I stayed to the outside and started pacing myself for the distance.  I had swum much farther than this distance several times in the last few weeks so I knew I could do it, but I had to keep myself in check.  I wanted to go fast and get it done, but I knew if I pushed too hard I would pay for it on the bike and the run.  I was getting into a nice rhythm, catching the person’s draft in front of me when I got kicked in the face.  They knocked my goggles of and I had salt water in my eyes.  I stopped to wipe my eyes and put my goggles back on.  At the same time I assessed where I was and saw that I was heading too far out, away from the buoys.  I quickly got back to the task at hand.  I attacked a bit harder, looking for a draft, but leery of another kick to the face.
Fortunately I did find another swimmer going at the right pace.  I locked onto their feet and let them pull me around the course.  Before I knew it we were making the turn at the halfway point and heading back towards the beach.  I had found a strong swimmer who followed a good line and managed to steer us away from the other groups of swimmers.  I noticed that someone had latched onto my wake shortly after the turn and I pulled them into shore as the athlete in front of me was pulling me. Almost before I knew it we were back to shore and heading out of the water.  As usual when transitioning from the water to the land it took me a moment or to to get my legs back under me.  I always felt very heavy when I first came out of the water and it takes me several steps before I’m steady on my feet.  This was all the guy in front of me needed to pull away.  I had wanted to thank him for the pull but he was gone before I could.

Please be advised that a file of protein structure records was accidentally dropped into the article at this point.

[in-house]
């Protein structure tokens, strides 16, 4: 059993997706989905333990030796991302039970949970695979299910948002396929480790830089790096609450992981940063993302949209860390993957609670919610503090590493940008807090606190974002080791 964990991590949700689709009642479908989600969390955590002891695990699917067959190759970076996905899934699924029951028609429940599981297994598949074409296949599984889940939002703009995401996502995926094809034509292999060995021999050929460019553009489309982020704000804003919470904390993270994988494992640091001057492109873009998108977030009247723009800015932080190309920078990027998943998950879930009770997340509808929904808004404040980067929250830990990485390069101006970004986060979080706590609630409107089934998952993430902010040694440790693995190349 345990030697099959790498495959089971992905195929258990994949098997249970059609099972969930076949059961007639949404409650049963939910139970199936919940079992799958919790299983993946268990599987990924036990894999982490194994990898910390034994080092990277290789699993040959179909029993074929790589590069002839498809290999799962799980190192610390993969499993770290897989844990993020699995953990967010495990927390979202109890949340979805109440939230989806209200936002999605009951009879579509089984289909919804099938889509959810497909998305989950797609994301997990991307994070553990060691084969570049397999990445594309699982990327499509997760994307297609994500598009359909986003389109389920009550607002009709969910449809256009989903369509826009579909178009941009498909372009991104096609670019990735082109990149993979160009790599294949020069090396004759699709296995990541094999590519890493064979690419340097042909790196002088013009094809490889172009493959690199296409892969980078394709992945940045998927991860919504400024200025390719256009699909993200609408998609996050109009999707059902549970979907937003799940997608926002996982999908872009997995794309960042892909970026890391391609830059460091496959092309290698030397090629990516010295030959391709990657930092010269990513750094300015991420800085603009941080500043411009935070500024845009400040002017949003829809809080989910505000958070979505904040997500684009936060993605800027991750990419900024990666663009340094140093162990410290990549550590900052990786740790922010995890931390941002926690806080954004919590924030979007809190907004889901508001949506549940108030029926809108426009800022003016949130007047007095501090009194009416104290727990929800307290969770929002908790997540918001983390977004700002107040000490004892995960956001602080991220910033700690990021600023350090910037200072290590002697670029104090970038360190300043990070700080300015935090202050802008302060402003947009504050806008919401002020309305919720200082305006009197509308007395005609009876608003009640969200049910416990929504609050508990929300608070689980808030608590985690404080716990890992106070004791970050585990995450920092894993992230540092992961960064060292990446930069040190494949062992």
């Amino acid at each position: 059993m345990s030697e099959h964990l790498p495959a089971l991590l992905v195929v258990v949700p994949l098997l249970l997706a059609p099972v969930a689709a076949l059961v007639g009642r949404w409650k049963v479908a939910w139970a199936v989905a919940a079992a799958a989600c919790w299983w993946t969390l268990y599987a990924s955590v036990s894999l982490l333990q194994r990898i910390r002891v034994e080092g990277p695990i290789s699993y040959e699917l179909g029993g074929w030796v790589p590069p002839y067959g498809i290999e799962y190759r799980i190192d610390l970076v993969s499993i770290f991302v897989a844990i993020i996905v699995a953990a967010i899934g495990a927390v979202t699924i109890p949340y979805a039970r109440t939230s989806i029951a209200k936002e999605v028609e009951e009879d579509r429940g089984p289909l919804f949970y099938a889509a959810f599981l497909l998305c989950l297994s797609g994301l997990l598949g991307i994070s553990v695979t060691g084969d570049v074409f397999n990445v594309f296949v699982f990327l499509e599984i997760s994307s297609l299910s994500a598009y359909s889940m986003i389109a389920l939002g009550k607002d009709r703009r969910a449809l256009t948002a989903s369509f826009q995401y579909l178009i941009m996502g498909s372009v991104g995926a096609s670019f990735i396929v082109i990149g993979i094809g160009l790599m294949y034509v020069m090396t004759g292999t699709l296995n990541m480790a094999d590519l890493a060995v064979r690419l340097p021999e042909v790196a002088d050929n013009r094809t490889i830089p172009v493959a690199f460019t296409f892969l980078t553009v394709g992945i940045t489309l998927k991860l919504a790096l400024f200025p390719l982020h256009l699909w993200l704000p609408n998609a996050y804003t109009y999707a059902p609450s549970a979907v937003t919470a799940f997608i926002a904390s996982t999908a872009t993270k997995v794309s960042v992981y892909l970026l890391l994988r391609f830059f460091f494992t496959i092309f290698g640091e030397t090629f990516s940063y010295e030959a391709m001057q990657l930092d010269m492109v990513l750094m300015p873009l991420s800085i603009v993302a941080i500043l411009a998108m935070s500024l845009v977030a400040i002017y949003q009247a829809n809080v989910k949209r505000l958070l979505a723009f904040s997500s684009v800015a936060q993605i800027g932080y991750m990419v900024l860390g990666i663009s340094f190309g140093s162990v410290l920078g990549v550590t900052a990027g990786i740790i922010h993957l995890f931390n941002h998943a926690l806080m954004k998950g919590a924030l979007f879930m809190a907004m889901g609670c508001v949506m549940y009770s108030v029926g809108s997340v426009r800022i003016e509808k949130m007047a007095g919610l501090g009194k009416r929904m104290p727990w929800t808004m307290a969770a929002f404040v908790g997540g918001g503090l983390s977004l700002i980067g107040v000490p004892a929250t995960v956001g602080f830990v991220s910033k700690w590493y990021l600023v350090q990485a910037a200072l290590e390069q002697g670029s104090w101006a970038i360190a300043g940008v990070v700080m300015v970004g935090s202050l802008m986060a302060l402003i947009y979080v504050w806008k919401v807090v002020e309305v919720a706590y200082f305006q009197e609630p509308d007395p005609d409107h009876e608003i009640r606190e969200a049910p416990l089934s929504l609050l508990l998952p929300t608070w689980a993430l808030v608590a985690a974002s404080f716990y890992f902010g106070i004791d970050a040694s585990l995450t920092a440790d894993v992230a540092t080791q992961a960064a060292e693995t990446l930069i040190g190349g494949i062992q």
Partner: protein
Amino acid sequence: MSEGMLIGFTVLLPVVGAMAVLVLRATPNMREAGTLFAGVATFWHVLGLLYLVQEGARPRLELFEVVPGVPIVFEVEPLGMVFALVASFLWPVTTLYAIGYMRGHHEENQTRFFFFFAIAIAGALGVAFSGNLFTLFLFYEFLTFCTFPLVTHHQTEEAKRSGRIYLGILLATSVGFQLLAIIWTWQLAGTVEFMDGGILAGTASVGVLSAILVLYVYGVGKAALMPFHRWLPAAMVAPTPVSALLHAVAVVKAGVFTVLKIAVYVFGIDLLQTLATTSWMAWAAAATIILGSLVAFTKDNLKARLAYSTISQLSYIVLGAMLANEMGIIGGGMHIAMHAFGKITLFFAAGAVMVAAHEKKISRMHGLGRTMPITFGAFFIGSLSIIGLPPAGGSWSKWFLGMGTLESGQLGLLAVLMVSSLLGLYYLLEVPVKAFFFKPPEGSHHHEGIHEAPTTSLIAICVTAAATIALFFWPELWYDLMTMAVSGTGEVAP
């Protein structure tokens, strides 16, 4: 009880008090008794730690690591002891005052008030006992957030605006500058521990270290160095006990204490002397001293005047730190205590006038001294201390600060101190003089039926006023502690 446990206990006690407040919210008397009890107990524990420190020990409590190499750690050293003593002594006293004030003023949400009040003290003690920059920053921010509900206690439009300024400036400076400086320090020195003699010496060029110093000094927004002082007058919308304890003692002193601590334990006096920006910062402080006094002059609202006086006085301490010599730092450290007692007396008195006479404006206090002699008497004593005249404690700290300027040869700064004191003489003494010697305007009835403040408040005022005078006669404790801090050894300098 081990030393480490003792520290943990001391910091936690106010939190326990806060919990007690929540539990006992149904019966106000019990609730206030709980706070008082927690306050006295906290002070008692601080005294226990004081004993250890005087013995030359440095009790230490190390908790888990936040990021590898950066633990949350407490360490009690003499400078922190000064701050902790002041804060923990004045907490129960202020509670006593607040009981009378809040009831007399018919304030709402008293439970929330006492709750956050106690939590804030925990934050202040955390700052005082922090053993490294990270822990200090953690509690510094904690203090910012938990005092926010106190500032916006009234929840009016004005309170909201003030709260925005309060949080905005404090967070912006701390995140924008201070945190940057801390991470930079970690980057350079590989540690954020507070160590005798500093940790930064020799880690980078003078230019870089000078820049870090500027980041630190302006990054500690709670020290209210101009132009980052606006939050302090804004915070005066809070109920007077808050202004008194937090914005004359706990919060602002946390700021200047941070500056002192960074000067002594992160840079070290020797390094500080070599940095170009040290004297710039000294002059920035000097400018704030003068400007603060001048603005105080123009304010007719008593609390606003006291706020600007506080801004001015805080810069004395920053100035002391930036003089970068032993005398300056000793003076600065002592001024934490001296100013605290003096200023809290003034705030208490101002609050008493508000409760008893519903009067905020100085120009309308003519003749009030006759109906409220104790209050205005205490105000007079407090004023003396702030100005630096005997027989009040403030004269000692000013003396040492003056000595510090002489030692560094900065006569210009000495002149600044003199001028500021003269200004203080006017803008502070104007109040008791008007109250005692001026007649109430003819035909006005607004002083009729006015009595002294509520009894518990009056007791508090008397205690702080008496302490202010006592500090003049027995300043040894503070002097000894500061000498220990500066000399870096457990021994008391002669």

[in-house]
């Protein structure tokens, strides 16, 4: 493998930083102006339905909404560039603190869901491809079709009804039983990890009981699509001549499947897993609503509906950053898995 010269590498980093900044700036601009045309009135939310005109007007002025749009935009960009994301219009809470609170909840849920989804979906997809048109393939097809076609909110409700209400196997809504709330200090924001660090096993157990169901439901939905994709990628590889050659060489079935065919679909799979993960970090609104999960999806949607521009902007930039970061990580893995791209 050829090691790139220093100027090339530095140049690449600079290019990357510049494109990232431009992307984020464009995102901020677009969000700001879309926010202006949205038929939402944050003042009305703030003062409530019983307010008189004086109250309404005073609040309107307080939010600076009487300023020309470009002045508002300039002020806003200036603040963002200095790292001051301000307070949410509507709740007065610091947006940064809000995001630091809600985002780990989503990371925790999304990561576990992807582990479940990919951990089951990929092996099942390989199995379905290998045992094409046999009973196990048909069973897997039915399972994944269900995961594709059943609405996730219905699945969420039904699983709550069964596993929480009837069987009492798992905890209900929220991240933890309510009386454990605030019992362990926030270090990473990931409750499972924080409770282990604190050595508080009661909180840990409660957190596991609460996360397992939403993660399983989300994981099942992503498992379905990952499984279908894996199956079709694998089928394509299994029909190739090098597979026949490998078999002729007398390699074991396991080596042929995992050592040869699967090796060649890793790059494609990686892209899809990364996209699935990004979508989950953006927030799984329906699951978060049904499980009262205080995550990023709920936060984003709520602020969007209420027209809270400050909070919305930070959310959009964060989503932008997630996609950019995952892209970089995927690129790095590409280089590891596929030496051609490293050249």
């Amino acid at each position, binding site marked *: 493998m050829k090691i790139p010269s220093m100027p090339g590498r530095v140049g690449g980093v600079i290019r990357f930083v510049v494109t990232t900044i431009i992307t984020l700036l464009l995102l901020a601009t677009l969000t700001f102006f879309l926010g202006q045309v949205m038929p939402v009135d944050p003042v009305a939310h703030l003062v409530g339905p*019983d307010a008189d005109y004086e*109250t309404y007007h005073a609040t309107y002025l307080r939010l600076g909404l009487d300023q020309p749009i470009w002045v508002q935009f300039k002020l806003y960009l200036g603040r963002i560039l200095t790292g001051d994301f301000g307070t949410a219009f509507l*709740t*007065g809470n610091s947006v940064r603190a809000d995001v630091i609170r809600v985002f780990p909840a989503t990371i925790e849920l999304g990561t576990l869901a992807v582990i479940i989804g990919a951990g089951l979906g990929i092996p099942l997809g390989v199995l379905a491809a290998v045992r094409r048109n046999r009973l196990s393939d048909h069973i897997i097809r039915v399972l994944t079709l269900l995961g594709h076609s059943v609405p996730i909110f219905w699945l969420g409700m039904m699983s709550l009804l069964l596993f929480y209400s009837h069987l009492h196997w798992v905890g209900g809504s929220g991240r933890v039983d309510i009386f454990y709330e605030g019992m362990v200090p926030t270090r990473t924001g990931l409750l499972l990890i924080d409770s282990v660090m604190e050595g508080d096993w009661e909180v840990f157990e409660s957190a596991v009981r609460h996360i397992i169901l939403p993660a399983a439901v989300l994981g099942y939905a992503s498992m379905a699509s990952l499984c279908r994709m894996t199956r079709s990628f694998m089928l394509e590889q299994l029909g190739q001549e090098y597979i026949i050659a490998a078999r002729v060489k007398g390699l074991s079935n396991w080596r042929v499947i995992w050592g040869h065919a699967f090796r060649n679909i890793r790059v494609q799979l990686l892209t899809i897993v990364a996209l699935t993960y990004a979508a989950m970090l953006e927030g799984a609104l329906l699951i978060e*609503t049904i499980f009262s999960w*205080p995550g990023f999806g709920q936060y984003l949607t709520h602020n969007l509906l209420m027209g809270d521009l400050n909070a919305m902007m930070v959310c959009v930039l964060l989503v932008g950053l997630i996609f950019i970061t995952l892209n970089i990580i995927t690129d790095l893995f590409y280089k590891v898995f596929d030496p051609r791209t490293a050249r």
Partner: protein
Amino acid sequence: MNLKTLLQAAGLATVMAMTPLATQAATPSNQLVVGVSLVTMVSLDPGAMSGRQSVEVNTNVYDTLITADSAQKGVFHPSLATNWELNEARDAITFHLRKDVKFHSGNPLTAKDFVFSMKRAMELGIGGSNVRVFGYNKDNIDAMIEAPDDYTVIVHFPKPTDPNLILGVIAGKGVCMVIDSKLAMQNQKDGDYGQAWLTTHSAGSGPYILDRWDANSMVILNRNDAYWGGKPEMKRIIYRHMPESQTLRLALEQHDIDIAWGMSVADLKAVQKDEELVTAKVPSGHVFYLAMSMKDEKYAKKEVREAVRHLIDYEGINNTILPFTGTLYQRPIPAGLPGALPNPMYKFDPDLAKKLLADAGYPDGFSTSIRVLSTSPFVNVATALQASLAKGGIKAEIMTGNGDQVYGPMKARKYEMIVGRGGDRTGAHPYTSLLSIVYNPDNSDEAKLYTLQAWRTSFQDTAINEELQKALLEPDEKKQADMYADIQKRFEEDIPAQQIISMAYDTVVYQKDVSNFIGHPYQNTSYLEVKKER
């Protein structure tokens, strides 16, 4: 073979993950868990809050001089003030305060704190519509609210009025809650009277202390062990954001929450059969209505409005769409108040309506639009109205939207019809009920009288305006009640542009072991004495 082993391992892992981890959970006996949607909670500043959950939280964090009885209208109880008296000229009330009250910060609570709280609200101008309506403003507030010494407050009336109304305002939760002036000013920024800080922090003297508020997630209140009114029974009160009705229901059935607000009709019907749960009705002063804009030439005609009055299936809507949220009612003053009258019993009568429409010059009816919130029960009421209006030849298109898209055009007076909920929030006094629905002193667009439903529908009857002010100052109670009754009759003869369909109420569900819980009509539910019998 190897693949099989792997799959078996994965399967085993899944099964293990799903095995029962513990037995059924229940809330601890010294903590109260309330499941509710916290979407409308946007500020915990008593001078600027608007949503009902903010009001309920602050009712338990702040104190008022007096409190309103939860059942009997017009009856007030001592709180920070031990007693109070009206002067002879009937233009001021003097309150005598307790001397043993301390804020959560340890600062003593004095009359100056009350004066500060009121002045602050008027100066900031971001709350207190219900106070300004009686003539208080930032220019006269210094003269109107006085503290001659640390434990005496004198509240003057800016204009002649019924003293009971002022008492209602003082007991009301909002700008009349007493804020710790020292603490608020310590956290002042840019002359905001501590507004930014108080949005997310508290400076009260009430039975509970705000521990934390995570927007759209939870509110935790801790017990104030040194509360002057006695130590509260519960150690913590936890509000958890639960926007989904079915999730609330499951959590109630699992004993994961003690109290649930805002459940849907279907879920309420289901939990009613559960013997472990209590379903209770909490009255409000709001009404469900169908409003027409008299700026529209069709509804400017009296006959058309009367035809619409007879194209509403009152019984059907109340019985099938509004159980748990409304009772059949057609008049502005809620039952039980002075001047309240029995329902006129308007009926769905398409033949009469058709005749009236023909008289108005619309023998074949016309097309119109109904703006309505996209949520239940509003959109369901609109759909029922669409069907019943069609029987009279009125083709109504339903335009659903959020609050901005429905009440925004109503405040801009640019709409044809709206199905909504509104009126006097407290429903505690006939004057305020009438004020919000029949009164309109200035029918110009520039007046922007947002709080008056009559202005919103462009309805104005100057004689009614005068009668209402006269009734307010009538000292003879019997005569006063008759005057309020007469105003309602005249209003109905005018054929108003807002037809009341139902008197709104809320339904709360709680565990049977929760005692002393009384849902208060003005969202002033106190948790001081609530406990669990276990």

As I ran into transition I mentally went through my checklist of what I needed to do In order to head out on the bike.  I had been practicing my transition to get it down to a science.  I had my cap and goggles in hand as I reached my rack and they quickly went into the 5 gallon bucket.  I then sat on the edge of the bucket, dried my feet and took the time to put on my socks and cycling shoes.